‘US objections’ on Iran-Pak gas pipeline
In February 2014 then petroleum minister Shahid Khaqan Abbasi told the parliament that the Iran-Pakistan project was “off the table” due to international sanctions.
ISLAMABAD: The Senate Standing Committee on Cabinet Secretariat has summoned the Ministry of Foreign Affairs and Attorney General for Pakistan (AGP) to brief the panel on objections reportedly raised by the US on the multi-billion-dollar Iran-Pakistan (IP) gas pipeline project.
Tehran has been claiming to have completed its side of the 1,150-kilometre pipeline for which a groundbreaking ceremony was jointly conducted by then presidents Asif Ali Zardari and Dr Mahmoud Ahmadinejad on the Iranian site of Gabd, near Chahbahar in March 2013 with an estimated cost of $7.5bn at the time.
Pakistan had committed to complete its side of the project by January 2015. However, in February 2014 then petroleum minister Shahid Khaqan Abbasi told the parliament that the Iran-Pakistan project was “off the table” due to international sanctions.
Earlier this year, former petroleum minister Musadik Malik explained that despite being fully committed to its contractual obligations under the Gas Sales and Purchase Agreement (GSPA), the Government of Pakistan had been unable to start construction of the pipeline due to US sanctions on Iran.
Officials said Pakistan had requested Washington earlier this year for a solution for the project to help overcome energy shortages but had not yet received any response.
In August, Pakistan issued a notice of ‘Force Majeure and Excusing Event’ to Iran to suspend its contractual obligation on completion of the gas pipeline. Simply put, Pakistan had expressed its inability to pursue the project as long as US sanctions on Iran remain in place or Washington tacitly green lights Islamabad to go ahead with the project.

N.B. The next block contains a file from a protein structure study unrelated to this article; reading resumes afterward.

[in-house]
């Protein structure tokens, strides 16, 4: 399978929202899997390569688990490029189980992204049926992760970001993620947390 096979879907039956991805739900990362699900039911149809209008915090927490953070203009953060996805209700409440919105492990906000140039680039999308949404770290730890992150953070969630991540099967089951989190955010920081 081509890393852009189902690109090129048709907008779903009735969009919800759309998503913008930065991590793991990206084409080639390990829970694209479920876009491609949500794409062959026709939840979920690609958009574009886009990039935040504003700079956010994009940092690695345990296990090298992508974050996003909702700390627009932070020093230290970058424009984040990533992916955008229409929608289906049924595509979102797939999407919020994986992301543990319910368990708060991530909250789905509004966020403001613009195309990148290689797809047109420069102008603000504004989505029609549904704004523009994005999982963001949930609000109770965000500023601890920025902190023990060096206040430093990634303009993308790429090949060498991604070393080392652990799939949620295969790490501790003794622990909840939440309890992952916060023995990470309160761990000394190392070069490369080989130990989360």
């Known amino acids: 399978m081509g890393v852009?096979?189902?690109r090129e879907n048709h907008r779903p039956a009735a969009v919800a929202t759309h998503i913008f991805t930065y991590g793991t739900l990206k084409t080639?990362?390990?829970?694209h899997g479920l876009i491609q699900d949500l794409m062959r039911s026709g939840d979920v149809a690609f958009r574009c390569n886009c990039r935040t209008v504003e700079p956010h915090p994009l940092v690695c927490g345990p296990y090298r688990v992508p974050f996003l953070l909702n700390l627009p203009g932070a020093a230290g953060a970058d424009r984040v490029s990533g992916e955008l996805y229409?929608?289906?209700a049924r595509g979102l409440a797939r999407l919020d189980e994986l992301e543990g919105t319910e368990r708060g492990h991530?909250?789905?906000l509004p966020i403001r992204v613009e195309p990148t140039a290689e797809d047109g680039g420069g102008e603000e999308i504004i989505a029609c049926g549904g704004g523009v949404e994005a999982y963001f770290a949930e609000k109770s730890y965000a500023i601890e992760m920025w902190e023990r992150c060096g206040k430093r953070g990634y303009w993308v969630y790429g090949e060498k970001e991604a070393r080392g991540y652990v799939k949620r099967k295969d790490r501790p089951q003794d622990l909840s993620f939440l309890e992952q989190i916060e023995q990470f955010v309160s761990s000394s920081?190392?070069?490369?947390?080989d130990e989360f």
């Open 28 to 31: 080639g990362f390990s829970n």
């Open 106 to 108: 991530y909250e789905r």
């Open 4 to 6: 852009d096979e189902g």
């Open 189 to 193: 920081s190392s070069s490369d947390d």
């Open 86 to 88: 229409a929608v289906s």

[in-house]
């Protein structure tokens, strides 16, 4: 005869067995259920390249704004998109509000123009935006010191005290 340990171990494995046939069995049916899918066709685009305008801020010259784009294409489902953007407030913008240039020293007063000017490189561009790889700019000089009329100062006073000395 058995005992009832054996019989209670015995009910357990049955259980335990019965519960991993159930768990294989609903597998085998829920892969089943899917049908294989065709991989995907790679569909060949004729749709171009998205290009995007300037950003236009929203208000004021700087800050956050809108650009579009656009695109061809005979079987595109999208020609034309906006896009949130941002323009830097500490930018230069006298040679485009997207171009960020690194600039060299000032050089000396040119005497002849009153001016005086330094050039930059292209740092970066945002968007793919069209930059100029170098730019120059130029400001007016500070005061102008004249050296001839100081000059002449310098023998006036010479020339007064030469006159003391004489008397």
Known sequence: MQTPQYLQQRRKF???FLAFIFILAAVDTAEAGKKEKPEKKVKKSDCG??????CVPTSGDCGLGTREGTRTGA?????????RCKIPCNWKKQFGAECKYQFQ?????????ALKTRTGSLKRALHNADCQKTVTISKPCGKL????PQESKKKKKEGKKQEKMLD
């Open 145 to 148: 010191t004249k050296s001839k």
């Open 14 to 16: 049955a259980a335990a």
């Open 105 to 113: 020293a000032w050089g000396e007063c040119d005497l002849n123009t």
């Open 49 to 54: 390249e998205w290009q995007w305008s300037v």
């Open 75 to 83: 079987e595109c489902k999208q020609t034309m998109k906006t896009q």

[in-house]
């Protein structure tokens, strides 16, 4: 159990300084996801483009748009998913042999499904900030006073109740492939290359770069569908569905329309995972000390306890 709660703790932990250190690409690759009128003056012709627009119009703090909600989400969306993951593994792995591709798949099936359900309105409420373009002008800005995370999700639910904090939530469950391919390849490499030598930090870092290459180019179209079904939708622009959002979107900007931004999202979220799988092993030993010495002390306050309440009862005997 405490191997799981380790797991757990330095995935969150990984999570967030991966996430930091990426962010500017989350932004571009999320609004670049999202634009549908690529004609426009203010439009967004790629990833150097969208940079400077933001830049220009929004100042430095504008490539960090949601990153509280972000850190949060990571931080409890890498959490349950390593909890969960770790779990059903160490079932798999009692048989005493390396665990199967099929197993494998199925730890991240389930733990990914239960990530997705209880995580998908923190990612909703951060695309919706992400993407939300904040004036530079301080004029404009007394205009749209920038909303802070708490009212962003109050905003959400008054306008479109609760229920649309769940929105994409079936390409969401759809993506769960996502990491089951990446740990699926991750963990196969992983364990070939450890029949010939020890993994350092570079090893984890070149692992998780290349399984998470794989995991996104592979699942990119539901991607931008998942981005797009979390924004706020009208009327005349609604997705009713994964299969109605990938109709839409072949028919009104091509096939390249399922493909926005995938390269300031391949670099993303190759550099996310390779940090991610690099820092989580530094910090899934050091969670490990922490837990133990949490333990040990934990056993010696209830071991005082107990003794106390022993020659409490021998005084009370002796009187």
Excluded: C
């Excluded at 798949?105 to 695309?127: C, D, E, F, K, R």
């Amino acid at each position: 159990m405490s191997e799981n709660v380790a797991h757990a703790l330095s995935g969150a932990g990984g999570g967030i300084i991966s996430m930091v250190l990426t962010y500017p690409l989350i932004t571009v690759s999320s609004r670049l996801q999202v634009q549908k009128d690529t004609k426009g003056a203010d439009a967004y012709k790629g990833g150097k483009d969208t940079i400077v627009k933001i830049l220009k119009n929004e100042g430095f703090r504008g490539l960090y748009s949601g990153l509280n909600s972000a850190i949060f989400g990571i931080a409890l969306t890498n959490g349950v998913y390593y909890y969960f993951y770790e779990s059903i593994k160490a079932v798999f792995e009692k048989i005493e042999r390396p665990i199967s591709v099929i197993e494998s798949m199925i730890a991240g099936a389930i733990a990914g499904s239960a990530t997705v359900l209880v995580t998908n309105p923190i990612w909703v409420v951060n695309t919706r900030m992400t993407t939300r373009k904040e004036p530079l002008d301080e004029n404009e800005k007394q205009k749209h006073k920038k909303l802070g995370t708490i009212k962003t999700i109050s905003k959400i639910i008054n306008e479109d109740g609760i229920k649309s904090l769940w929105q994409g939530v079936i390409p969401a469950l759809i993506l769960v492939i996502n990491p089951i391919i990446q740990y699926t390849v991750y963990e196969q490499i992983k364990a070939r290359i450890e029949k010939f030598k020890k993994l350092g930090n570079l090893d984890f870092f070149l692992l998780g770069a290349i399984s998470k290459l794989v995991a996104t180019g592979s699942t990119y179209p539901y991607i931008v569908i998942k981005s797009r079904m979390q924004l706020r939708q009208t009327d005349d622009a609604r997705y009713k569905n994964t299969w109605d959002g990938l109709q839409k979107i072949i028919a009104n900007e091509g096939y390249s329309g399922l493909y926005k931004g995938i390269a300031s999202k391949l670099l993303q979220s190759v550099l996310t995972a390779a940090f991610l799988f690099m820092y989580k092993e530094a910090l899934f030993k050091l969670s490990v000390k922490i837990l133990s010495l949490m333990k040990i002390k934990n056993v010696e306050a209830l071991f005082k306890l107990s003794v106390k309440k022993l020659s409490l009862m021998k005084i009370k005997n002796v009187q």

The matter came under discussion today during the Senate panel today.
Petroleum Additional Secretary Hassan Yousafzai briefed the committee that a deadline for 2024 had been given by Iran regarding the completion of the gas pipeline and failure to meet it would lead to fines.
“We are trying to renegotiate the matter with Iran,” he said, adding that efforts were being made to find out other ways of obtaining gas.
The secretary further expressed concerns that Pakistan could be subject to “liabilities of $20 billion”. The issue, he went on to say, was also raised with the US.
“Laying the gas pipeline till Gwadar will cost us $2bn,” he told the panel, adding that reneging on the deal with Iran could lead to a whopping $18bn penalty.
Commenting on the matter, Senator Mushtaq Ahmed called for summoning the Ministry of Foreign Affairs to “find out why can’t we purchase cheap gas from the neighbouring country”.
“We should know the reason behind the obstruction,” he said.
Meanwhile, the chairperson of the Senate committee, Sadia Abbasi, highlighted that India never faced such restrictions. “How was the agreement even signed amid these restrictions?” she asked.
Here, PPP Senator Waqar Mehdi said the agreement was signed under the government of ex-president Zardari.
The Iranian pipeline was aimed to supply 750 million cubic feet per day (MMCFD) of gas, although it was vehemently opposed publicly and diplomatically by the US authorities, particularly when Pakistan and Iran signed framework agreements and GSPA in 2009 and 2010 respectively.
Pakistan signed the pipeline agreement in 2014, which included a condition that Islamabad will pay billions of dollars in penalties if it abandons the project.
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